I’m still processing this Jorge Ortiz article in USA Today, examining the link between baseball brawls and the cultural backgrounds of the players involved, as well as the evolving conflict of entertainment and tradition in the sport. These are not new issues, but there’s something in the way Ortiz has presented them that is particularly striking. That includes the fact that the overwhelming majority of bench-clearing brawls in the last five years have primarily involved players from different ethnic backgrounds. I encourage you to read and consider the article.
I’m reminded of what former Chicago Cubs catcher John Baker wrote earlier this year about his experience playing in the Dominican Republic, the baseball cultural differences he saw, and the relativity of “playing the right way.” How much can a player celebrate a homer or a big strikeout? And who gets to police how much is too much? And how should they police it?
There are so many tensions inherent in the game today, and all of them come stacked up against a sport that is simultaneously bulging with TV money … and struggling to recruit new fans.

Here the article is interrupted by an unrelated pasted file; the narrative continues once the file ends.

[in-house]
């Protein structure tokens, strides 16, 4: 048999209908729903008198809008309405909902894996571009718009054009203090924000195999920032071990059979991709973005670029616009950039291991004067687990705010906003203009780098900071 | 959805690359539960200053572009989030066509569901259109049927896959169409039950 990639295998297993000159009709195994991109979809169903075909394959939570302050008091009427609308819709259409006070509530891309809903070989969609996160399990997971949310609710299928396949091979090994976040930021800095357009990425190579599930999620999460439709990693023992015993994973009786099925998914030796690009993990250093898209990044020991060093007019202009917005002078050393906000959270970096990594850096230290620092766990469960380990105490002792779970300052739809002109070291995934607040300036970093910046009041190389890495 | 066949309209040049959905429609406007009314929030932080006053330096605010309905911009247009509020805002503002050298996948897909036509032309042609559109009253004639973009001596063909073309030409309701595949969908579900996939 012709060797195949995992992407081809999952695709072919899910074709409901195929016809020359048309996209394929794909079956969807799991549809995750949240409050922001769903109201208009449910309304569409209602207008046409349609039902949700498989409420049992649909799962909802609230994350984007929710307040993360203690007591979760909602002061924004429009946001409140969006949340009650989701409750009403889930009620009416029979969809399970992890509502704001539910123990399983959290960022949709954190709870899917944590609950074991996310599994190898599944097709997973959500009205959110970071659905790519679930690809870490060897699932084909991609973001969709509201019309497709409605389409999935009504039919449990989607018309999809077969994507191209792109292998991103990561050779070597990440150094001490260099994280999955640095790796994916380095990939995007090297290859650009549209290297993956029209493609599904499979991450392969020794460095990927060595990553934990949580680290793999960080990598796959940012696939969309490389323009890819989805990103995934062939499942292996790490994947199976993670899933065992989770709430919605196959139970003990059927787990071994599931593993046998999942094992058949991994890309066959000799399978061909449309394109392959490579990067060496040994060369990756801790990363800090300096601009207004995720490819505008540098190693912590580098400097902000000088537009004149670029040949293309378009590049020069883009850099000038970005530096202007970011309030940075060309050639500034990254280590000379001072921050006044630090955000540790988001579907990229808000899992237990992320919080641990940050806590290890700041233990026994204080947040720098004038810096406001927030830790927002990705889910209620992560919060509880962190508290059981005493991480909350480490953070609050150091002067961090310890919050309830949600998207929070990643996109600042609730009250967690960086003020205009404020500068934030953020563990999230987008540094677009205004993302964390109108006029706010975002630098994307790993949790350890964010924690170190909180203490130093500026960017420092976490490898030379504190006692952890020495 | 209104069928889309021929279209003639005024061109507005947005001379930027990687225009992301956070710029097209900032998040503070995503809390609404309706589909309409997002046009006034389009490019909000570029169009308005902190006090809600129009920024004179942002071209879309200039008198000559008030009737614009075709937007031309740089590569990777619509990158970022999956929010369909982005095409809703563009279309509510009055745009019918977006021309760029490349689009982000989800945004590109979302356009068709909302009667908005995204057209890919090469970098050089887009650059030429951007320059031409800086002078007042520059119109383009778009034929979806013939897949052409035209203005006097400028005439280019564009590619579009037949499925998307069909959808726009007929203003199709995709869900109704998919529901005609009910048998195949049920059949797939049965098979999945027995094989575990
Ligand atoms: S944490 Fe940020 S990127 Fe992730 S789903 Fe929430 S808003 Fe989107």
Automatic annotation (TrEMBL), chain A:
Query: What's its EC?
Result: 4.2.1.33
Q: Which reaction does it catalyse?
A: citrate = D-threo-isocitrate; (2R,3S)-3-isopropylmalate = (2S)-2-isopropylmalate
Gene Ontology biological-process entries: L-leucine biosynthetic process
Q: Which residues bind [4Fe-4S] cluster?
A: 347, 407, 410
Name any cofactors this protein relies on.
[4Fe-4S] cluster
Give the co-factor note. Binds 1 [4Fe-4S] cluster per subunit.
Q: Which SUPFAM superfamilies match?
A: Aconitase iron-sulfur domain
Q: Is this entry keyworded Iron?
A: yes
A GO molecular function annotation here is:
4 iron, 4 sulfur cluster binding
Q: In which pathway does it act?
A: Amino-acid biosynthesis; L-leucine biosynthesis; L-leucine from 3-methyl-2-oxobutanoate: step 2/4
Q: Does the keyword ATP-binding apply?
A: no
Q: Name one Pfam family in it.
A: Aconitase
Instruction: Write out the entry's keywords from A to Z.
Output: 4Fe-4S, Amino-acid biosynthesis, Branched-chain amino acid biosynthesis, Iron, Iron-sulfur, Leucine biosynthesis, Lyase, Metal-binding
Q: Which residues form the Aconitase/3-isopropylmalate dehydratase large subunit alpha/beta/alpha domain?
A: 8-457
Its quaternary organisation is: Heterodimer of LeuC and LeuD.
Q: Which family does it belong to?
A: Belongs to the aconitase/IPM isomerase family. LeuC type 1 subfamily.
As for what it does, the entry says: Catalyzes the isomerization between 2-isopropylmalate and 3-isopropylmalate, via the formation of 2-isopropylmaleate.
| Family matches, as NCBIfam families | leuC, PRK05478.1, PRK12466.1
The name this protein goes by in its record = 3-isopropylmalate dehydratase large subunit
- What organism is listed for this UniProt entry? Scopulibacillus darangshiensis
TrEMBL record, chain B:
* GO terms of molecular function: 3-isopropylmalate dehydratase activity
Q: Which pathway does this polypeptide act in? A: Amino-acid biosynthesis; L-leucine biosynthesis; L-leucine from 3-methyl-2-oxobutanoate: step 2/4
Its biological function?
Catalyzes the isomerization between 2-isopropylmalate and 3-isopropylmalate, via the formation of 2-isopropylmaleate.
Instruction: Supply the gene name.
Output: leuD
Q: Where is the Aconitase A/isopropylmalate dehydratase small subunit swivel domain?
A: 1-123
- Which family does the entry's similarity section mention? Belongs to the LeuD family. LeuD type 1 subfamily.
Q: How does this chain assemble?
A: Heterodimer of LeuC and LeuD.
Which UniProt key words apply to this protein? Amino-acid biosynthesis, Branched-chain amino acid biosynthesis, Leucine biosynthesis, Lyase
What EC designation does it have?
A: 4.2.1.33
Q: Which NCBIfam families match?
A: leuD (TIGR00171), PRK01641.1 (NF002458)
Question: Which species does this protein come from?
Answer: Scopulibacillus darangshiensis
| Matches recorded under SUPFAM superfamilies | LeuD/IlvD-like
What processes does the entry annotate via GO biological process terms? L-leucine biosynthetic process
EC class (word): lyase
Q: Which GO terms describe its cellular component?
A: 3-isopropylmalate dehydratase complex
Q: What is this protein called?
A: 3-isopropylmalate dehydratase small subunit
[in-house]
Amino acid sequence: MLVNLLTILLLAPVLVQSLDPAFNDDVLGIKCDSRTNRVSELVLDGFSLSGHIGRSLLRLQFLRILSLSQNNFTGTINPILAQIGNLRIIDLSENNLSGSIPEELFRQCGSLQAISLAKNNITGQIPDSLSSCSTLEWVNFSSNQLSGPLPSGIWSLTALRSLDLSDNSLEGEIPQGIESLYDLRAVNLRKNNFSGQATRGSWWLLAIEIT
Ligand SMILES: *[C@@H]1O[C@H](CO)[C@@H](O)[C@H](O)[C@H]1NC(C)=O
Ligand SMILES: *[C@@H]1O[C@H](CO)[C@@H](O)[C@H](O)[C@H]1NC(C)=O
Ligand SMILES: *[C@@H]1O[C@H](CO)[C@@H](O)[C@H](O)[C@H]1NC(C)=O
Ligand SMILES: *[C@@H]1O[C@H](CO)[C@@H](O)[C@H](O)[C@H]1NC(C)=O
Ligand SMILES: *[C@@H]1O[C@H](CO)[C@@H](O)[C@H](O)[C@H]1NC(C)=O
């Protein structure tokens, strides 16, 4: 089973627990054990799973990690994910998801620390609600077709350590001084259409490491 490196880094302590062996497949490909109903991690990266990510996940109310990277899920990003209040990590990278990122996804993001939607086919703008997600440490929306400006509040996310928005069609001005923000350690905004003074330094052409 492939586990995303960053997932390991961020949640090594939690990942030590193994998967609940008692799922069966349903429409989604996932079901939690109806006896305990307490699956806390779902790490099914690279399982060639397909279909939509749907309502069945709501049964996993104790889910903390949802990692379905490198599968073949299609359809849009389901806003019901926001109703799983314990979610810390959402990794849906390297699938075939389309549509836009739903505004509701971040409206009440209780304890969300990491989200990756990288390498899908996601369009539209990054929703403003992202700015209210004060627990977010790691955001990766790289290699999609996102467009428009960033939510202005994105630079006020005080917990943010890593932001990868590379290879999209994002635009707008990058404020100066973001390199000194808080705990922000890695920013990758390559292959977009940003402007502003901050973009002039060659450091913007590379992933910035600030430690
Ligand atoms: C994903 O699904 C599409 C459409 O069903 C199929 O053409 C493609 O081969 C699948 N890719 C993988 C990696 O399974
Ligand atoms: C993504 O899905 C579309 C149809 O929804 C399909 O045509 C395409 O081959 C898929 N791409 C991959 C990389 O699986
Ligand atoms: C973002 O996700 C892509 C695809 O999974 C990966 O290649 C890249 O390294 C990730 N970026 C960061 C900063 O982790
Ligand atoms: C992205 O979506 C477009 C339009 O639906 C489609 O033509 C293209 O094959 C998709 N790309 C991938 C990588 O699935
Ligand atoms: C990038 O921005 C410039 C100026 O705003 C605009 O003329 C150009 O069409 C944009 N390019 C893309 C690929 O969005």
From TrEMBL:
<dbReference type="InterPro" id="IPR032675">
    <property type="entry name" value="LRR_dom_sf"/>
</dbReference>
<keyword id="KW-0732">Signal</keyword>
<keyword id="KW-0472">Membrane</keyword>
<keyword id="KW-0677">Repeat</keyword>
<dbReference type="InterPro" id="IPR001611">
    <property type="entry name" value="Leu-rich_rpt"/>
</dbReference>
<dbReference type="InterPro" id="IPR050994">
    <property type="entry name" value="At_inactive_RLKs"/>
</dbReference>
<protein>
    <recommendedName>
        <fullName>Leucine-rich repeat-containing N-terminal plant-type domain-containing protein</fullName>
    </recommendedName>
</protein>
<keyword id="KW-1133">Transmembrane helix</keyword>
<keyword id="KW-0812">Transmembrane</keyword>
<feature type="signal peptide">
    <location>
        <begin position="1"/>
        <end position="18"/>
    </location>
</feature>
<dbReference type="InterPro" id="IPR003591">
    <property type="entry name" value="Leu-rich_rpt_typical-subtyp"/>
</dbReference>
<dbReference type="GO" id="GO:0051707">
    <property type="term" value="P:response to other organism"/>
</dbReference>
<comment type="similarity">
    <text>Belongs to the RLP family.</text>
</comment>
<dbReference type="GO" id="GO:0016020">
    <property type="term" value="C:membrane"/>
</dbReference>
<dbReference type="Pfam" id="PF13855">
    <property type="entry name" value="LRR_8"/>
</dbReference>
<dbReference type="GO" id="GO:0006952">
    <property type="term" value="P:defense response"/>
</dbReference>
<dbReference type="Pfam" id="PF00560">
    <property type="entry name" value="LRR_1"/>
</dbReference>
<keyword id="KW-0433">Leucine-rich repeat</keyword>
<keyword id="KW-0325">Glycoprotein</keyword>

I love baseball’s diversity, and I mean that in every possible way. Diversity of ethnicity, of culture, of age, of thought, of approach. We see it here in our discussions every day. It’s something that makes the sport special.
It’s also something that makes the sport increasingly challenging – or, I should say, it makes keeping the sport in your particularly-preferred glass box challenging. For me, I find that voting in favor of (1) inclusion, and, (2) fun, generally keeps you safe. That’s really all I’ve ever wanted baseball to be: fun for everyone.
In any case, this is all complicated stuff. Read Ortiz’s article. It’s very interesting.
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